Image: Wired/Condé Nast
The legend of classical ufology made it to the front cover of Wired Magazine. Jacques Vallée, a household name in our community, continues to be the go-to expert when seasoned but UFO-debutant journalists try to make sense of a phenomenon that seemingly enjoys vexing the brightest human minds using what Vallée calls "humor at another level."
Born in 1939 during times of global upheaval, Jacques managed to survive the bombing of his parents' home and subsequent military occupation of his native country by a German aggressor bent on conquering Europe and quite possibly the whole world. Academically trained in mathematics at the prestigious Sorbonne University of Paris after the war, Jacques continued his tertiary education at the University of Lille Nord de France, where he obtained a master's degree in astrophysics. All the while, young Mr. Jacques indulged in his leisure pursuit of trying to understand the nature and origin of the UFO phenomenon, an obsession that started in his mid-teens, when the Vallée family experienced a close encounter with a saucer-shaped, unidentified object.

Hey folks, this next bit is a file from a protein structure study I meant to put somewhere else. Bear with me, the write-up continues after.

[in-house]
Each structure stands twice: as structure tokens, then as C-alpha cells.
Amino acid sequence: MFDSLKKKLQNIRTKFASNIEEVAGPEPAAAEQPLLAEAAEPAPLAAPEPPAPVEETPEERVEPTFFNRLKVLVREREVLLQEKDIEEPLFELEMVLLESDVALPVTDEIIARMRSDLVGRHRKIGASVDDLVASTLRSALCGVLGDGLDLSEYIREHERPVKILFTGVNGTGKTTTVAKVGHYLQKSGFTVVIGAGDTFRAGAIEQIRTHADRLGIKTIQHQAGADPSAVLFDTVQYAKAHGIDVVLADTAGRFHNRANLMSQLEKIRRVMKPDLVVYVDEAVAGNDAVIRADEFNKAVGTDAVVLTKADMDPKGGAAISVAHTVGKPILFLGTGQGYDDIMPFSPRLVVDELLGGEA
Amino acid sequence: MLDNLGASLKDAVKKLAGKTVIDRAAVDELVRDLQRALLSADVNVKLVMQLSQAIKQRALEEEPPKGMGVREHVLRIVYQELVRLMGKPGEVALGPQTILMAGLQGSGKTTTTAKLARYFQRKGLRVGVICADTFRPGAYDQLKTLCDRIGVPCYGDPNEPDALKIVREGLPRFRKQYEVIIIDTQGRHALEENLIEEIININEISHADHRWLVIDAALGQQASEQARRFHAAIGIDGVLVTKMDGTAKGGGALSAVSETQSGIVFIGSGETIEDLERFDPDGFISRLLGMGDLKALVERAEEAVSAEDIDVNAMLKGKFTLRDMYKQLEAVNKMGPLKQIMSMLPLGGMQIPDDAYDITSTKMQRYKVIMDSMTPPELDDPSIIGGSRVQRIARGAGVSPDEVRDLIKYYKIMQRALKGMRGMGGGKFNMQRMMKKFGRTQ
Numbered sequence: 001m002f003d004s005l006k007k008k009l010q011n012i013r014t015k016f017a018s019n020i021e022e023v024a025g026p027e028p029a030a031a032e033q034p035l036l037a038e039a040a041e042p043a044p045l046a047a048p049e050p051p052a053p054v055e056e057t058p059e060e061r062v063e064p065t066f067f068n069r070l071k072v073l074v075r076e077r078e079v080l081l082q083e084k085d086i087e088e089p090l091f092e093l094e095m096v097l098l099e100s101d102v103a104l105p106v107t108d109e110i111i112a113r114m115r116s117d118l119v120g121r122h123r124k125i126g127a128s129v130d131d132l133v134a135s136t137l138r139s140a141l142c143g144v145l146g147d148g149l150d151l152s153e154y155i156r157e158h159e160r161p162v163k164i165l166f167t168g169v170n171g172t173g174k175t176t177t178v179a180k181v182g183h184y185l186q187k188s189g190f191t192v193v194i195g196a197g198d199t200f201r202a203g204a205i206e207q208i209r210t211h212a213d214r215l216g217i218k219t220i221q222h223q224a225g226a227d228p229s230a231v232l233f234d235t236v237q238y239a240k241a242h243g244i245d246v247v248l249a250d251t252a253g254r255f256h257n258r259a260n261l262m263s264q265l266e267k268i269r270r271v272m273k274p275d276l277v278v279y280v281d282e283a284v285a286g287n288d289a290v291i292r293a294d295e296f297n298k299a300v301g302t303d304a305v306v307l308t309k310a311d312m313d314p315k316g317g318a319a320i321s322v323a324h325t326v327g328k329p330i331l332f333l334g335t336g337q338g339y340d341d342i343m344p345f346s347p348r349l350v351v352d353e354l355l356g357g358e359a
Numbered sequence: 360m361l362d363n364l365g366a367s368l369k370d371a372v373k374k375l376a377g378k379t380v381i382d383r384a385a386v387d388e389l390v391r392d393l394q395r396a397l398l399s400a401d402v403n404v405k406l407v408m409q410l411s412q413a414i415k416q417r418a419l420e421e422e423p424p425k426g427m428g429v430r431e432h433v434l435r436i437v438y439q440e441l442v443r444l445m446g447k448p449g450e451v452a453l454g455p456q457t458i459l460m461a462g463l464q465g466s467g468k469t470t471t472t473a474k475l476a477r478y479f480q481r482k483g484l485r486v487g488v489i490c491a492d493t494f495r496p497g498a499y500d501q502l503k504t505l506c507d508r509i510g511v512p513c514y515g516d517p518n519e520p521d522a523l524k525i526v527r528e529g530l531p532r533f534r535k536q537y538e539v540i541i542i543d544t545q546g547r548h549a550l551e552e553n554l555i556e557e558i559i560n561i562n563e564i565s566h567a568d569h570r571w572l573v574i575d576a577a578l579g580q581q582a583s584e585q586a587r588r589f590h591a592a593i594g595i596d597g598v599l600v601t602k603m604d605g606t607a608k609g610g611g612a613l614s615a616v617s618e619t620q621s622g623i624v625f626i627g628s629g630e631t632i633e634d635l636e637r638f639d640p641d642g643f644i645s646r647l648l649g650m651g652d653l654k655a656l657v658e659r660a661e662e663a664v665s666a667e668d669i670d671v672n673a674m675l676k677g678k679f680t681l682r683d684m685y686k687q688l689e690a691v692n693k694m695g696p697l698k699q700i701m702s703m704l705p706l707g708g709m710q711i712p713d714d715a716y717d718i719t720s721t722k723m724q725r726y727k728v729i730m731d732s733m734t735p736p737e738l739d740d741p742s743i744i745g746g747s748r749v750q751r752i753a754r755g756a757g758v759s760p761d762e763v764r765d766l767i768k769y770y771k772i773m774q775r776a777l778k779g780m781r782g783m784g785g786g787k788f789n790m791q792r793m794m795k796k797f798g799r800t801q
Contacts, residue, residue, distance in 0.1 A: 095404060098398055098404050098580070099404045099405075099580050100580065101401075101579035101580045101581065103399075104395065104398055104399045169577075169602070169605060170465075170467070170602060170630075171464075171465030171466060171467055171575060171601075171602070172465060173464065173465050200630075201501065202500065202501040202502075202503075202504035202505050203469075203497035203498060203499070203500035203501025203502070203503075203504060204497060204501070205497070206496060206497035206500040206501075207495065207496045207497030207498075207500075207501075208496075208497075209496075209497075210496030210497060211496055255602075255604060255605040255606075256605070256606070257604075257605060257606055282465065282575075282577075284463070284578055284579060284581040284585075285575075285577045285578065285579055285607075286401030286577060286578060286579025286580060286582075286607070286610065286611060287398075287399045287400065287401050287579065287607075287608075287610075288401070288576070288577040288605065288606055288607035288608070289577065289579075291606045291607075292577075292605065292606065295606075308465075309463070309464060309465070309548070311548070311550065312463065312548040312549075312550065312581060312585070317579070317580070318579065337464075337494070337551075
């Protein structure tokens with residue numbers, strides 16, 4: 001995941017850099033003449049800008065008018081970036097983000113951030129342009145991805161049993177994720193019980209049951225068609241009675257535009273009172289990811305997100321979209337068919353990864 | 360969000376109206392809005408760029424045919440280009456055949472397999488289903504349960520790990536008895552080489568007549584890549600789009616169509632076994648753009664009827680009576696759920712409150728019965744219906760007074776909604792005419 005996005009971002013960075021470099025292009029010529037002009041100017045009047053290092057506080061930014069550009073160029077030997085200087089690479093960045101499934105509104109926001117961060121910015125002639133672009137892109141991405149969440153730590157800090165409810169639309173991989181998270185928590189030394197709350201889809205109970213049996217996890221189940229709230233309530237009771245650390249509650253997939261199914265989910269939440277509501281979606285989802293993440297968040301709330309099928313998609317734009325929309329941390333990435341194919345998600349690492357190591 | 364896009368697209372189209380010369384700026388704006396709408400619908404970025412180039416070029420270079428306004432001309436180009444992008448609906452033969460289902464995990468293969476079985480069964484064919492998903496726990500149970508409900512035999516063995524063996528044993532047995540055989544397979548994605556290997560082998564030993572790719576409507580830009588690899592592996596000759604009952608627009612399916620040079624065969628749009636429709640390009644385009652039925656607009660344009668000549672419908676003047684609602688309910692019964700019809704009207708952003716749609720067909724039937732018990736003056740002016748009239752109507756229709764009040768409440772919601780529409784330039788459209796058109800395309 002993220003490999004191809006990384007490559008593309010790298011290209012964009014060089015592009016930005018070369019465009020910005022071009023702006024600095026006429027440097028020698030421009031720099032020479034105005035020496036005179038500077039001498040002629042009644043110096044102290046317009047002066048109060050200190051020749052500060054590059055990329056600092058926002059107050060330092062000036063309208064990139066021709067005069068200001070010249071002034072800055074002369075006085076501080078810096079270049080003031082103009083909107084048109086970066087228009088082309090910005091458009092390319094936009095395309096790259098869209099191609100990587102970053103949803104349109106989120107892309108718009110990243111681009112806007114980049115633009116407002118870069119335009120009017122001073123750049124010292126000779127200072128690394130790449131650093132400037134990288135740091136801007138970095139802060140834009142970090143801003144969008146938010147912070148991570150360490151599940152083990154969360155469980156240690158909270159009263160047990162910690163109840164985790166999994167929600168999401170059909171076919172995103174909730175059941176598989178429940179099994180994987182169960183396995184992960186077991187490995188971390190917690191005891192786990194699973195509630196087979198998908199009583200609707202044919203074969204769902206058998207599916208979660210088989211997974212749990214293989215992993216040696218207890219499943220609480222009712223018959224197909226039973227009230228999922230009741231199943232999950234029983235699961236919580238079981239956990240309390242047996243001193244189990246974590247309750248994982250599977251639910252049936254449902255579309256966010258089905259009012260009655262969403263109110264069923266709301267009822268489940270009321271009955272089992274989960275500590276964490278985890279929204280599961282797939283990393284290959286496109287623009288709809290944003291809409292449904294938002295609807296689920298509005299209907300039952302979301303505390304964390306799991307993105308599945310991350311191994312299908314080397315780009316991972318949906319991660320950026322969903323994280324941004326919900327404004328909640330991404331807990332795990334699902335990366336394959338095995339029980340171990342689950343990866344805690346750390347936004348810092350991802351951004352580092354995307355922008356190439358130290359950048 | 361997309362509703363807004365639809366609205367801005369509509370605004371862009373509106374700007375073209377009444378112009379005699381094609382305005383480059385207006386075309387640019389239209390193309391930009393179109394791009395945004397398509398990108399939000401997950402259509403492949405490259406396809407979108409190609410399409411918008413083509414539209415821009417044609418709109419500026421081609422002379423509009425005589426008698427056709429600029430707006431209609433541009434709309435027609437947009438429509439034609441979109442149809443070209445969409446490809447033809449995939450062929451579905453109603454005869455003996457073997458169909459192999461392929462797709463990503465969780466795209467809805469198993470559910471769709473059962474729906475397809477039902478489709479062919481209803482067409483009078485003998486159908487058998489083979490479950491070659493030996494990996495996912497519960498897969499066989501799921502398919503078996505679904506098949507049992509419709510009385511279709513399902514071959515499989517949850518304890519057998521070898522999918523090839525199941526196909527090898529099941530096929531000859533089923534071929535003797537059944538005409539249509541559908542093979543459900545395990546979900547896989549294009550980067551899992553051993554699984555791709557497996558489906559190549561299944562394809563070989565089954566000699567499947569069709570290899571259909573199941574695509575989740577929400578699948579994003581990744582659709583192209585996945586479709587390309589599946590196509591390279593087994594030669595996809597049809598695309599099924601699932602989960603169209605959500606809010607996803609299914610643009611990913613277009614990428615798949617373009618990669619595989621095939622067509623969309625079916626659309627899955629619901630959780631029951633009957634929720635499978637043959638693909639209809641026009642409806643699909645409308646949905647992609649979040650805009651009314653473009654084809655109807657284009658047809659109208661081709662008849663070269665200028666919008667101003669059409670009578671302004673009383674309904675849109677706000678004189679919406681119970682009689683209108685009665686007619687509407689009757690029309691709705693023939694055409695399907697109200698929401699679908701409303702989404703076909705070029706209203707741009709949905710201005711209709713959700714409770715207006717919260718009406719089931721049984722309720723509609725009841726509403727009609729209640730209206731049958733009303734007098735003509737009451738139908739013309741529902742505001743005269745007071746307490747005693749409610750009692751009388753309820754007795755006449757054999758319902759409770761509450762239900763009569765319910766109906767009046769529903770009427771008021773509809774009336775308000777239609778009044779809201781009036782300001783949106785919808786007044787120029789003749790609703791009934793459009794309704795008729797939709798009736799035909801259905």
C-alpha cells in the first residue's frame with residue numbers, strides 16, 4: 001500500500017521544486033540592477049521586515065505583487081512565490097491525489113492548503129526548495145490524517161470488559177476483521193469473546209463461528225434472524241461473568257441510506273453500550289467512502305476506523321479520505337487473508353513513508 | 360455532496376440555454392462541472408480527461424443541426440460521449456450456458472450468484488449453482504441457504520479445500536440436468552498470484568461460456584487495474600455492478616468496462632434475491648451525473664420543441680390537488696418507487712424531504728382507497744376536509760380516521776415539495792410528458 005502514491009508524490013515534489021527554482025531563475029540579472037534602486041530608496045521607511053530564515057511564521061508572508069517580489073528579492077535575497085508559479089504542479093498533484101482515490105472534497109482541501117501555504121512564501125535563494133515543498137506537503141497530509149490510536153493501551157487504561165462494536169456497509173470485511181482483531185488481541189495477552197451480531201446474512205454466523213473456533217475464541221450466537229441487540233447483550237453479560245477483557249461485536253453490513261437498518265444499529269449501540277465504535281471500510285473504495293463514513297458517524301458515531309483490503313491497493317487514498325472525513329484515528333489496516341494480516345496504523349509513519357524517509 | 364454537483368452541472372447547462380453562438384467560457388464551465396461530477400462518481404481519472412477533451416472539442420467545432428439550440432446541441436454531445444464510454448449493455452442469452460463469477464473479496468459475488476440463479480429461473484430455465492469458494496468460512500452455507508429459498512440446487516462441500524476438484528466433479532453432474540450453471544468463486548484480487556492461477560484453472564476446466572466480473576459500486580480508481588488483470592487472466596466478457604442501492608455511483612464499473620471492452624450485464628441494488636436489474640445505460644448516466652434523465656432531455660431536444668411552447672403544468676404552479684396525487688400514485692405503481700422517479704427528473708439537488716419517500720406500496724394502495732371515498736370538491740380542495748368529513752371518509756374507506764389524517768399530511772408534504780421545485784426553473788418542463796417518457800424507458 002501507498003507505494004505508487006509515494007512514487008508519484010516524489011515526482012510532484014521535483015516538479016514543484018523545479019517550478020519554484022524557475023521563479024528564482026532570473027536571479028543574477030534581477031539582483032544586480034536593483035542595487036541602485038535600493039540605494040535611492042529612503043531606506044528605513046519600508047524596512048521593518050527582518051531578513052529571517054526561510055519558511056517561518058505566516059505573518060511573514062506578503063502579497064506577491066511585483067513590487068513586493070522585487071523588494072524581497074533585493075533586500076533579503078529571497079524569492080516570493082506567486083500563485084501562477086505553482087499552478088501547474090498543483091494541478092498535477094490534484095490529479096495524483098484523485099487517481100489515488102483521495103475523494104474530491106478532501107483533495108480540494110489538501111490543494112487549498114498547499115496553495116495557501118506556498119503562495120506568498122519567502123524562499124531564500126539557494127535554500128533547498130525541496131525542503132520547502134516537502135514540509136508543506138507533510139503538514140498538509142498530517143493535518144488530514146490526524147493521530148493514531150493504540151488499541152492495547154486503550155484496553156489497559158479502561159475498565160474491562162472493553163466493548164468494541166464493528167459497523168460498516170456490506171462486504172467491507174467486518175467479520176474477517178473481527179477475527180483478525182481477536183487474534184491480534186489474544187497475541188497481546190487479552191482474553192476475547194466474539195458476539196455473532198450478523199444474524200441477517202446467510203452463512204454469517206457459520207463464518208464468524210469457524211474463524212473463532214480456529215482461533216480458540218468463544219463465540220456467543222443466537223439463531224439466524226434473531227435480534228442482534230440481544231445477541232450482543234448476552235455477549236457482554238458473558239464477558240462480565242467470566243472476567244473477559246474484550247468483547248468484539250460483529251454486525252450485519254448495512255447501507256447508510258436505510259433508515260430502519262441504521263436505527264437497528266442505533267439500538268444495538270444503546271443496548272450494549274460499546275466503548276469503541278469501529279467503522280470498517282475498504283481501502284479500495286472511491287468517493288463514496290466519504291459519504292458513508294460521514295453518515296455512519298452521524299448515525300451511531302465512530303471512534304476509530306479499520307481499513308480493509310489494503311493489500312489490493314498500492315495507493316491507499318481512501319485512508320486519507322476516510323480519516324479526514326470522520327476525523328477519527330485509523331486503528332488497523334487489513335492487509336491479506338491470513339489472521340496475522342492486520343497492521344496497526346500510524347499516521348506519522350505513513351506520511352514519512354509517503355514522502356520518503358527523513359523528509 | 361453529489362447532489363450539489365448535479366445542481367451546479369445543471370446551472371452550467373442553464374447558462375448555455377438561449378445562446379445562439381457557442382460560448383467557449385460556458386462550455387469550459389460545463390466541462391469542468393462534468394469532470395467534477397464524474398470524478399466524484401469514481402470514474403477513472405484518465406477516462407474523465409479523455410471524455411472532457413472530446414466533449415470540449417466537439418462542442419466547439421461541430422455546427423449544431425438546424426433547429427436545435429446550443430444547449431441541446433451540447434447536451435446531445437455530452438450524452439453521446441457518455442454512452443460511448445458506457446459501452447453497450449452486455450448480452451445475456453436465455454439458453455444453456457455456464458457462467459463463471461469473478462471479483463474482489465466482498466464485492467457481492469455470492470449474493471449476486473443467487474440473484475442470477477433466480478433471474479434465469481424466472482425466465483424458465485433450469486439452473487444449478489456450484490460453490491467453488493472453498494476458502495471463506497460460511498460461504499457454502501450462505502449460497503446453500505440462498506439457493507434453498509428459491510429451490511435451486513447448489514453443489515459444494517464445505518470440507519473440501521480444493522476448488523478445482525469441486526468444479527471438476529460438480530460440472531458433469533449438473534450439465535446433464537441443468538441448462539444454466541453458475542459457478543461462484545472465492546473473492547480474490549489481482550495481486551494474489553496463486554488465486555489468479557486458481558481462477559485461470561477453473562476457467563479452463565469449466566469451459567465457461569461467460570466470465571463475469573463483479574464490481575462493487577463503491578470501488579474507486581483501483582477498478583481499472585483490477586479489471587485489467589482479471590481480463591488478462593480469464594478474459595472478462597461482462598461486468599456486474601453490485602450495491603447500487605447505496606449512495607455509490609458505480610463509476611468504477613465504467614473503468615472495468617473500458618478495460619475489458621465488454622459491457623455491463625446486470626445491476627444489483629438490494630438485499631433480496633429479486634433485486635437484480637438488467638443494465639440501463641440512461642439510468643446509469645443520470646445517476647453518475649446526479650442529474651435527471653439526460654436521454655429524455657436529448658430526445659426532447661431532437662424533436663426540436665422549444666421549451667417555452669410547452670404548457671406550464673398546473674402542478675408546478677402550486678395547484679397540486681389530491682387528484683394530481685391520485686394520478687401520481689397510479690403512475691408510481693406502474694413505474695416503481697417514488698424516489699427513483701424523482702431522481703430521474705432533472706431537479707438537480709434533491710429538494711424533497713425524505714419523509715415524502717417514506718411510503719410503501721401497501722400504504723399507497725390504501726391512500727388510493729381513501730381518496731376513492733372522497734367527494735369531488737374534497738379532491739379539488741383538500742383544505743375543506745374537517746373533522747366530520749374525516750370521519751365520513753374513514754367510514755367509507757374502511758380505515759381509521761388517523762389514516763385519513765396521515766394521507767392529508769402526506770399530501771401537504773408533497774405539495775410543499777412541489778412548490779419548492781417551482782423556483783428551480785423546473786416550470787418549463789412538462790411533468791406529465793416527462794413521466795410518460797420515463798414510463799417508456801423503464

Shortly after moving to the United States in 1962, Vallée earned a doctorate in industrial engineering and computer science from Northwestern University, where - as fate would have it - he would go on to become the protégé of Dr. J. Allen Hynek, then chair of the university's astronomy department and principal science investigator for the USAF's Project Blue Book.
Having lived a very prolific life full of academic and entrepreneurial achievements, has not dulled Jacques' acumen blade or seen him rest on his laurels. At 89 years of age, he remains as sharp as a postgraduate student eagerly continuing to study a phenomenon he conjectures might not surrender its secrets in his lifetime. This biographical article by Wired is well-researched and rather enjoyable. It does justice to a world-class scientist who had the fortitude to advocate for the study of UFOs at a time when it was neither popular nor career-enhancing.
After six globe-trotting decades spent probing “the phenomenon,” the French information scientist is sure of only one thing: The truth is really, really out there.